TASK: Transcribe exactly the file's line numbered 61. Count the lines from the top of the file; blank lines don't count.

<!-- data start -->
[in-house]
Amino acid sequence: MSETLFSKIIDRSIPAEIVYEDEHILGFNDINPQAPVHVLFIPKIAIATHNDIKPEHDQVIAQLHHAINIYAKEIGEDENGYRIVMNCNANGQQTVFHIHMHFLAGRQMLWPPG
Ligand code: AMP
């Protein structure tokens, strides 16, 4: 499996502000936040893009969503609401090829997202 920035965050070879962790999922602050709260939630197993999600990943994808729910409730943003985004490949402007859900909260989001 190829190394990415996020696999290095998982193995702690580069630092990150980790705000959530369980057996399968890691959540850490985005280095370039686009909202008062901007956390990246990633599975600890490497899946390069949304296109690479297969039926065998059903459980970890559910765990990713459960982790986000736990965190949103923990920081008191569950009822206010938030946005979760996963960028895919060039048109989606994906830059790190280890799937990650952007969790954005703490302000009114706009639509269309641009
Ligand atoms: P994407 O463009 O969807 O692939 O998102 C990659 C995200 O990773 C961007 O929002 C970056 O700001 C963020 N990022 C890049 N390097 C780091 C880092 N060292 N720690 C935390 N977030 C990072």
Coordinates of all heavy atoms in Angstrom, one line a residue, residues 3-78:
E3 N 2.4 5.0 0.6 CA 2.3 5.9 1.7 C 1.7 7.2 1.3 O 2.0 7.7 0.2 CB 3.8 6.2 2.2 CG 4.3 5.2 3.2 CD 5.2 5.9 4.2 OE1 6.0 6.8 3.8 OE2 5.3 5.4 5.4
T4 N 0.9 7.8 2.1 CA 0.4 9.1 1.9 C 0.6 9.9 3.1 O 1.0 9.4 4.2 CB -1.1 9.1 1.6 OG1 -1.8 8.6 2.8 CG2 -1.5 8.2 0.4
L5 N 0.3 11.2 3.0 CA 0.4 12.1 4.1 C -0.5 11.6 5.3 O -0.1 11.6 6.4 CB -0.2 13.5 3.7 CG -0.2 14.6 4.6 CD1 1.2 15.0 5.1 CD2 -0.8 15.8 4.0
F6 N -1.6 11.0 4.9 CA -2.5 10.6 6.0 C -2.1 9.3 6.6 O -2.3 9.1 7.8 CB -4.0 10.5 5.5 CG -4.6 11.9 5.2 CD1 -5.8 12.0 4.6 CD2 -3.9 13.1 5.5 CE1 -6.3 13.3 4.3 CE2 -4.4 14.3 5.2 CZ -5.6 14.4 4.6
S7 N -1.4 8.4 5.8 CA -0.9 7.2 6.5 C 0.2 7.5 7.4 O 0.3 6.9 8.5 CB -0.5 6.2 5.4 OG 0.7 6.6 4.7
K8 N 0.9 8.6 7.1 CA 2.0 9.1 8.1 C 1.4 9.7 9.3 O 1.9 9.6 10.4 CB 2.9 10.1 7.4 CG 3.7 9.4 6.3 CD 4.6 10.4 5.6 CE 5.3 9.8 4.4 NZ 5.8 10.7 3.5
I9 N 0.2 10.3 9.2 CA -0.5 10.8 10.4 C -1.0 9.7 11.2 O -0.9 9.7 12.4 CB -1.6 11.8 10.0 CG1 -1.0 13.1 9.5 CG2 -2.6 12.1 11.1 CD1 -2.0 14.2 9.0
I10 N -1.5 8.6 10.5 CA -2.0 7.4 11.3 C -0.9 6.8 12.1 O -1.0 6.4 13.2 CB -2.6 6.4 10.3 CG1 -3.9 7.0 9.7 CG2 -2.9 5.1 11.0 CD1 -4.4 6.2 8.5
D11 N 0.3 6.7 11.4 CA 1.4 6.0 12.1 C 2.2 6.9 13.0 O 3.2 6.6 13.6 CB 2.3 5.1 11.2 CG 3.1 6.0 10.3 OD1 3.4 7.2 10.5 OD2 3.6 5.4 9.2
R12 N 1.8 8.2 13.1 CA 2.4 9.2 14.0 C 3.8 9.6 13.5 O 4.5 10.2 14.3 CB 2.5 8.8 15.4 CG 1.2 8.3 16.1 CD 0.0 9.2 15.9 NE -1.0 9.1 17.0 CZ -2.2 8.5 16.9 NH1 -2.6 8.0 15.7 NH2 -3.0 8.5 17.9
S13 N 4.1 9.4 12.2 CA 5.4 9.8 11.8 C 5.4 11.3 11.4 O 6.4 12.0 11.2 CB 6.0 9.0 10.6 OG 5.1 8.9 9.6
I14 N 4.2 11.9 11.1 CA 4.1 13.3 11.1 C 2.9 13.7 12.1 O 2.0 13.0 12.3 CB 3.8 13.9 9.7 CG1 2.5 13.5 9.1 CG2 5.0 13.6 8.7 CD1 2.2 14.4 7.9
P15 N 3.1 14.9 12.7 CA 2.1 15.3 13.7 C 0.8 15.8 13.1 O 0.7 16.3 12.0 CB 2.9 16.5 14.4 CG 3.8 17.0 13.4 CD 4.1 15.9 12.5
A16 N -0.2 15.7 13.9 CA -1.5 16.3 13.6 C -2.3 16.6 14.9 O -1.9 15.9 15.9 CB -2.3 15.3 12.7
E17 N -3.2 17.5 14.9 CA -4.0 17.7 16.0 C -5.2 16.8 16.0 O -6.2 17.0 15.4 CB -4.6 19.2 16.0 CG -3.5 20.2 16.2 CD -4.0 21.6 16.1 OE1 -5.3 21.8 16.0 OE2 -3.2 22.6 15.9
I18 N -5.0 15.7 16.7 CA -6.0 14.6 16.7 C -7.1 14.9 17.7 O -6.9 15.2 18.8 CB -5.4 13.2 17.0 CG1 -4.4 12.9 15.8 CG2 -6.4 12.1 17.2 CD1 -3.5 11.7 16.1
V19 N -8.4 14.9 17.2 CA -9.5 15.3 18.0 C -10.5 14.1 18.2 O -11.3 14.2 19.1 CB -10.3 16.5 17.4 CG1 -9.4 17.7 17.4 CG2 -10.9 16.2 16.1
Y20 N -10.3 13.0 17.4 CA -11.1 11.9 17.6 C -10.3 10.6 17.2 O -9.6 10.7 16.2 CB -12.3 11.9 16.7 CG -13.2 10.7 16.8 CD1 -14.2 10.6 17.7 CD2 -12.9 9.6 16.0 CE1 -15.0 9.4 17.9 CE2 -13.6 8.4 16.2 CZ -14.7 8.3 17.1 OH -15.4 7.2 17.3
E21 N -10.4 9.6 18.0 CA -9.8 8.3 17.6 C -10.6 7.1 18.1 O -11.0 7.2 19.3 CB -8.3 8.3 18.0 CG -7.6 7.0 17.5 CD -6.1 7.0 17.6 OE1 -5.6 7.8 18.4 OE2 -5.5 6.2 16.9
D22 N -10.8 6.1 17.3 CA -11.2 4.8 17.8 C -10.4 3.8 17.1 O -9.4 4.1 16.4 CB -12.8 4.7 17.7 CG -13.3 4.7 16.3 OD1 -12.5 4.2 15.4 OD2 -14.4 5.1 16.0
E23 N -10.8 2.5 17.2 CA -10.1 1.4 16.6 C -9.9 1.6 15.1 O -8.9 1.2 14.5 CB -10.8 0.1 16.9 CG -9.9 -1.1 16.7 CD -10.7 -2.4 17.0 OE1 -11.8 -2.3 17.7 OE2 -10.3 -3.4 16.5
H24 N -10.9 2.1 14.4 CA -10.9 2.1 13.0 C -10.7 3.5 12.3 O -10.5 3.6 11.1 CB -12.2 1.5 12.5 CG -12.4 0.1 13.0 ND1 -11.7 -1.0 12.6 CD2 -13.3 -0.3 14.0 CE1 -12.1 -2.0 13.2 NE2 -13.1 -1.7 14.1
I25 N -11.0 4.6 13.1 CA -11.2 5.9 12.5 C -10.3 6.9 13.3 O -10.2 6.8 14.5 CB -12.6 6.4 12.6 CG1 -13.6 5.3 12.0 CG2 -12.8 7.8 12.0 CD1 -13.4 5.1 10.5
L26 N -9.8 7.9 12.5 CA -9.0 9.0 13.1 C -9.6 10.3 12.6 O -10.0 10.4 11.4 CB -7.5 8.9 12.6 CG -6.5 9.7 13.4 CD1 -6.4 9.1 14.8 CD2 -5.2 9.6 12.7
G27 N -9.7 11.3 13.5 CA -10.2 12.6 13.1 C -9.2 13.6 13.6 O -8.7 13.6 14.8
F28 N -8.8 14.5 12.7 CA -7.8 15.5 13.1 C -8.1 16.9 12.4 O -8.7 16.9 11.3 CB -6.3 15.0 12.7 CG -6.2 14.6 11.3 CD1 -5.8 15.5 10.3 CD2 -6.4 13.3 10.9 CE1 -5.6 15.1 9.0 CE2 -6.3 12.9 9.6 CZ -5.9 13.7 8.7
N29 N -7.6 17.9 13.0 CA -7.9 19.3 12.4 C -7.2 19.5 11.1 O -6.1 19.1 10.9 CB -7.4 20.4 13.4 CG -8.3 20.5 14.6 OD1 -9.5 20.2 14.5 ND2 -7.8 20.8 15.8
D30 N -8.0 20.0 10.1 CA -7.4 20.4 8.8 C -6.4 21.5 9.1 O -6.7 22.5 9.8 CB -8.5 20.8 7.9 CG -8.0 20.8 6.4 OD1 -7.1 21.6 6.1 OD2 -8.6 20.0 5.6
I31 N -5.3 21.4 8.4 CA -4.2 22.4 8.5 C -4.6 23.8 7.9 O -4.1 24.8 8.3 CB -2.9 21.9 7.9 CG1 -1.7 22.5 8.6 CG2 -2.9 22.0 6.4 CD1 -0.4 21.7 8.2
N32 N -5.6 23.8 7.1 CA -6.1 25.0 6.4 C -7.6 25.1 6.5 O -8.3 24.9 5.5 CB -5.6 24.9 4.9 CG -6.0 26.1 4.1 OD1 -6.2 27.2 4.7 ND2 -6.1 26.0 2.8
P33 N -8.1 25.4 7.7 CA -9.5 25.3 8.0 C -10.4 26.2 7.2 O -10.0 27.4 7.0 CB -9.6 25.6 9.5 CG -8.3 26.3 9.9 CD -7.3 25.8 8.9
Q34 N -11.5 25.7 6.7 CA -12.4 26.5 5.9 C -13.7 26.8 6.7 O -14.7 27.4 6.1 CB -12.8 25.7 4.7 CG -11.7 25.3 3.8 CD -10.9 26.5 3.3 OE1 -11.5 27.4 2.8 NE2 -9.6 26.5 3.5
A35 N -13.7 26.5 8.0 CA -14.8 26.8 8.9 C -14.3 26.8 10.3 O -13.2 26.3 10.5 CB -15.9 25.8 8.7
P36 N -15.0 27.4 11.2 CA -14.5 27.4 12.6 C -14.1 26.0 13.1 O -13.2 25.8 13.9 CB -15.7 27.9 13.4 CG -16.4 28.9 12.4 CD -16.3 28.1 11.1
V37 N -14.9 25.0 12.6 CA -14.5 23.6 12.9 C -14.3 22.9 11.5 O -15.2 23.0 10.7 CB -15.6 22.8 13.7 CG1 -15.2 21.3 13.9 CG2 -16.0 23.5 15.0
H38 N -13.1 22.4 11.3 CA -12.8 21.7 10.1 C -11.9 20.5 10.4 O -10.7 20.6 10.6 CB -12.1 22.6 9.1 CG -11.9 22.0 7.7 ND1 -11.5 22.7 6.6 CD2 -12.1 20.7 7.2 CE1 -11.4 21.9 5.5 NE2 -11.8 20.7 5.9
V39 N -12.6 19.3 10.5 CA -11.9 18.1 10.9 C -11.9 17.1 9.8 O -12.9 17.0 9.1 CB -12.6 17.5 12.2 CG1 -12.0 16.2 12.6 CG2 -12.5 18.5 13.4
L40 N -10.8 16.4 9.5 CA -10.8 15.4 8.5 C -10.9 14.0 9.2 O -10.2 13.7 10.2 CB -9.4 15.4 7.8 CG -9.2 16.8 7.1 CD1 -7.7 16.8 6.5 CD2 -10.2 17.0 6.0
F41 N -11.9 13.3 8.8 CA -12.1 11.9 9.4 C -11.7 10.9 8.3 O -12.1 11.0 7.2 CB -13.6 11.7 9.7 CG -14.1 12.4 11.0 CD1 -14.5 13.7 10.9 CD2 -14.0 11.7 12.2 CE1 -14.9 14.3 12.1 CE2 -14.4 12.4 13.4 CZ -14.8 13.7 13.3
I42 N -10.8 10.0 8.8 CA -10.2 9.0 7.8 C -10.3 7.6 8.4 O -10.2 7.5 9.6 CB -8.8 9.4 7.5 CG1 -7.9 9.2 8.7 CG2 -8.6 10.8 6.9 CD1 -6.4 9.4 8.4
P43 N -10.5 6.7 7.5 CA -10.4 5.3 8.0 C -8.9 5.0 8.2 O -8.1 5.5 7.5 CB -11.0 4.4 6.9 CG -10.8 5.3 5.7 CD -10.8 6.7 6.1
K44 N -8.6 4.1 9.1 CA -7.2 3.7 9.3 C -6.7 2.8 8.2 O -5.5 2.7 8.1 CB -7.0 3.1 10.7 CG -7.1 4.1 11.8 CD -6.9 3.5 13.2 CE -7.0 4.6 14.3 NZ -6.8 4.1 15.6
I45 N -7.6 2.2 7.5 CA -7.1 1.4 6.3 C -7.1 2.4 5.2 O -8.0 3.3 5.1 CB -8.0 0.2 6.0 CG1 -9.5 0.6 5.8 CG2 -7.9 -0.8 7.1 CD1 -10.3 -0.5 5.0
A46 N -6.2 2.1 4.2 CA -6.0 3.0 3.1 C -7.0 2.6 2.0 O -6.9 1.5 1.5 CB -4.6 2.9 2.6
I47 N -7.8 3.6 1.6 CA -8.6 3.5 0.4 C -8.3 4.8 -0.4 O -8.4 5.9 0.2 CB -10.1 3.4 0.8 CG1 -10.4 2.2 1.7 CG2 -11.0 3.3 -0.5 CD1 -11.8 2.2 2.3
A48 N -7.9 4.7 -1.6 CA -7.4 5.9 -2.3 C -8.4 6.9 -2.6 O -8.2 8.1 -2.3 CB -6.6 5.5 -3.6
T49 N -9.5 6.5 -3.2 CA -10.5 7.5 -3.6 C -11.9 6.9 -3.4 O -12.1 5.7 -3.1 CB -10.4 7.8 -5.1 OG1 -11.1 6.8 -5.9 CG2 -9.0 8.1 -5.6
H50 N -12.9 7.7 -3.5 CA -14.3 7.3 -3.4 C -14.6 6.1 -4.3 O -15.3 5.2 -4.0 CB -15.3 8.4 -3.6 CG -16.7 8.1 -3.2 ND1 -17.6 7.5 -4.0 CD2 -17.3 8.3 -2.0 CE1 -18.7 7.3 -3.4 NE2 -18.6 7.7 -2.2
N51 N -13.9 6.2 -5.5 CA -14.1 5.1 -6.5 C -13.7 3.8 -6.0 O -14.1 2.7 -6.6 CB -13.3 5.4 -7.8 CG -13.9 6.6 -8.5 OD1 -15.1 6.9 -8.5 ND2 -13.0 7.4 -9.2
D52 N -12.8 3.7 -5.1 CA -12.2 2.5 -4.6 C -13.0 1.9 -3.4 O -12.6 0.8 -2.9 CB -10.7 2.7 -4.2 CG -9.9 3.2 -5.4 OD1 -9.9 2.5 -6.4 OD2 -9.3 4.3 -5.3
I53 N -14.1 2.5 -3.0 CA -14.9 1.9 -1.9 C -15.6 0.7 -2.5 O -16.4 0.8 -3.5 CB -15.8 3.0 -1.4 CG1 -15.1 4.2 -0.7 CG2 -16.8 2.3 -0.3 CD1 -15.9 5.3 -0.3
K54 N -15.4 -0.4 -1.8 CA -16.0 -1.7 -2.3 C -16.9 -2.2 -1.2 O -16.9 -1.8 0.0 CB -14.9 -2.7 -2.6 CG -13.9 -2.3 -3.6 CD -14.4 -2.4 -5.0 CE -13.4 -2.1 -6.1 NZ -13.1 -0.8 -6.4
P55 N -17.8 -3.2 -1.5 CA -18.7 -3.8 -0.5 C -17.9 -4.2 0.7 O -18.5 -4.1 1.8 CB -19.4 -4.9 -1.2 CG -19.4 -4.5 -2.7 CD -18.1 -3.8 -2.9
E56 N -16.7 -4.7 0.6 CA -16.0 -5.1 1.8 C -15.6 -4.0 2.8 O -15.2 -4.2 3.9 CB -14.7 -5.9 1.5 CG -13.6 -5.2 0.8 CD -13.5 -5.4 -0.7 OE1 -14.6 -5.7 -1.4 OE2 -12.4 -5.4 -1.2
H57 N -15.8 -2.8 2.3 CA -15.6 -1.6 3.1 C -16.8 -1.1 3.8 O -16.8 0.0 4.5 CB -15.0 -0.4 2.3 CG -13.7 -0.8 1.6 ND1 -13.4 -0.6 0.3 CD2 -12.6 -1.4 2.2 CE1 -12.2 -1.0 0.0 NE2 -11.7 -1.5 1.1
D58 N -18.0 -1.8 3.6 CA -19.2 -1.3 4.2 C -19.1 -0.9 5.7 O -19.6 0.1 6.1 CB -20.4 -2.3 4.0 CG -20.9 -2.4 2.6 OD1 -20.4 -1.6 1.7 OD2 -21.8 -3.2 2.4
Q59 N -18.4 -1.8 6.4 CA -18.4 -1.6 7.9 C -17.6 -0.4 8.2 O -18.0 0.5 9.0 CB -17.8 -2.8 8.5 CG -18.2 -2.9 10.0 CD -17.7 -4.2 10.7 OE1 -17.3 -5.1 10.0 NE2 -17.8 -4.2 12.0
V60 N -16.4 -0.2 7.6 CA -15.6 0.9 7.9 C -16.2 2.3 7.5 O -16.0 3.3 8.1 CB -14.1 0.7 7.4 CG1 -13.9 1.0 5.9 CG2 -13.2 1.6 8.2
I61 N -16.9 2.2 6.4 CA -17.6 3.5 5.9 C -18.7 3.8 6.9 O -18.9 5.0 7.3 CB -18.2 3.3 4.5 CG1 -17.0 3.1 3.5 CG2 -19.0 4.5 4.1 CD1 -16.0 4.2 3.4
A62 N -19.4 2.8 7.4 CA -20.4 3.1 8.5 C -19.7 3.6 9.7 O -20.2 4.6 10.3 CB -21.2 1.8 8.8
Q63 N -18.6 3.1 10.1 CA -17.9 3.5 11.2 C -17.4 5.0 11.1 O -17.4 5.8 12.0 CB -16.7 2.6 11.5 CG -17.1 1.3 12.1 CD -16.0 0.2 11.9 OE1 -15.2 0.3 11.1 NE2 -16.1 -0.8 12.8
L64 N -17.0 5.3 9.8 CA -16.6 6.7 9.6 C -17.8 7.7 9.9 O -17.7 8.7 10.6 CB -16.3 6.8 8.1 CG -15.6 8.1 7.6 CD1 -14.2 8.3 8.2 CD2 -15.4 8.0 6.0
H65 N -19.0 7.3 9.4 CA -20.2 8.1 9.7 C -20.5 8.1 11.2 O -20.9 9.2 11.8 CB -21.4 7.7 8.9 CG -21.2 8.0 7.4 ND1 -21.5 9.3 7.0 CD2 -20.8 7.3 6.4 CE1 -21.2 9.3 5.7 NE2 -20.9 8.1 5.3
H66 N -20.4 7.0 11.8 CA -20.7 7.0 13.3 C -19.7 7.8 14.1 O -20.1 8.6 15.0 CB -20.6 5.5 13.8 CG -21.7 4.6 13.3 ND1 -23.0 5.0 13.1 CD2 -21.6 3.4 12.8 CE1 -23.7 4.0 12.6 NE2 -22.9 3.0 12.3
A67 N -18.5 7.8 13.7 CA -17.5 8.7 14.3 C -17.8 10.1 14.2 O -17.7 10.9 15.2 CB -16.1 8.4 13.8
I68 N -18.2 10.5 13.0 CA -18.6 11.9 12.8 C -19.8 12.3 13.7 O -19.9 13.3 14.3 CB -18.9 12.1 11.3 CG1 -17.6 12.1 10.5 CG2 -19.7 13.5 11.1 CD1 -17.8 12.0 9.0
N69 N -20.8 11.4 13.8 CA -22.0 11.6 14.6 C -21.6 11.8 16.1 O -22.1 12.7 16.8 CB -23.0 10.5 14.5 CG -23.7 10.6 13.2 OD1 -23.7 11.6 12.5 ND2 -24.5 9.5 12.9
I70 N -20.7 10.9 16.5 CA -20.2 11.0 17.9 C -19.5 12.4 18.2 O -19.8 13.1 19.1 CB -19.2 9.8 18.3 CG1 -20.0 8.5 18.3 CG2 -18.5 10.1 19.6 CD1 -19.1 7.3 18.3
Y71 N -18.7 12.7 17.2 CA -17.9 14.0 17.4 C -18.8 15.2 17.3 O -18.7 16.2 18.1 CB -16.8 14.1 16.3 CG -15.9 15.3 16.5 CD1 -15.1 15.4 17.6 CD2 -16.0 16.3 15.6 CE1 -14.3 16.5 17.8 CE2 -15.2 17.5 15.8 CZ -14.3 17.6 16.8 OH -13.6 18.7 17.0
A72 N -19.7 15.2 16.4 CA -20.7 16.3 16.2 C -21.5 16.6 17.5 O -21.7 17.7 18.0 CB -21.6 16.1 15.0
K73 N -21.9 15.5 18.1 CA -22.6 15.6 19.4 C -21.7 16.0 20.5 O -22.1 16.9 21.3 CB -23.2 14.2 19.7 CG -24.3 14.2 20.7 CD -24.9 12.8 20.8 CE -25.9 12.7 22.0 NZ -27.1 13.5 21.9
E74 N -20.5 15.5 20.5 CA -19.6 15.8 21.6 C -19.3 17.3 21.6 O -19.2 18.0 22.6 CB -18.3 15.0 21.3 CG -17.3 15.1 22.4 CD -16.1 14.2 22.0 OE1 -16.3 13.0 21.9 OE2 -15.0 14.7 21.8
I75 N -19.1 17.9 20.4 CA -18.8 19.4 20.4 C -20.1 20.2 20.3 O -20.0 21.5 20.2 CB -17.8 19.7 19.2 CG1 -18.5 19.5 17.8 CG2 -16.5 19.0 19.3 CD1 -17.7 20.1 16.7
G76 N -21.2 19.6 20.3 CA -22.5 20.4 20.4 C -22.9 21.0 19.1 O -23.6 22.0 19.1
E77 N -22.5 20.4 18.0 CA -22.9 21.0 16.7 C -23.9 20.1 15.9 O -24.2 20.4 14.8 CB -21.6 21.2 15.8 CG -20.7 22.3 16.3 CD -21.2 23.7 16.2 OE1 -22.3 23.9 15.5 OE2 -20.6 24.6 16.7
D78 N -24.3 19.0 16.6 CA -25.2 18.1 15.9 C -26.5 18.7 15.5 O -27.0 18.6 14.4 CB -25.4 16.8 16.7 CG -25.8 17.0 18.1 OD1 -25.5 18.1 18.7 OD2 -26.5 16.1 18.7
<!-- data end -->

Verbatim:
H57 N -15.8 -2.8 2.3 CA -15.6 -1.6 3.1 C -16.8 -1.1 3.8 O -16.8 0.0 4.5 CB -15.0 -0.4 2.3 CG -13.7 -0.8 1.6 ND1 -13.4 -0.6 0.3 CD2 -12.6 -1.4 2.2 CE1 -12.2 -1.0 0.0 NE2 -11.7 -1.5 1.1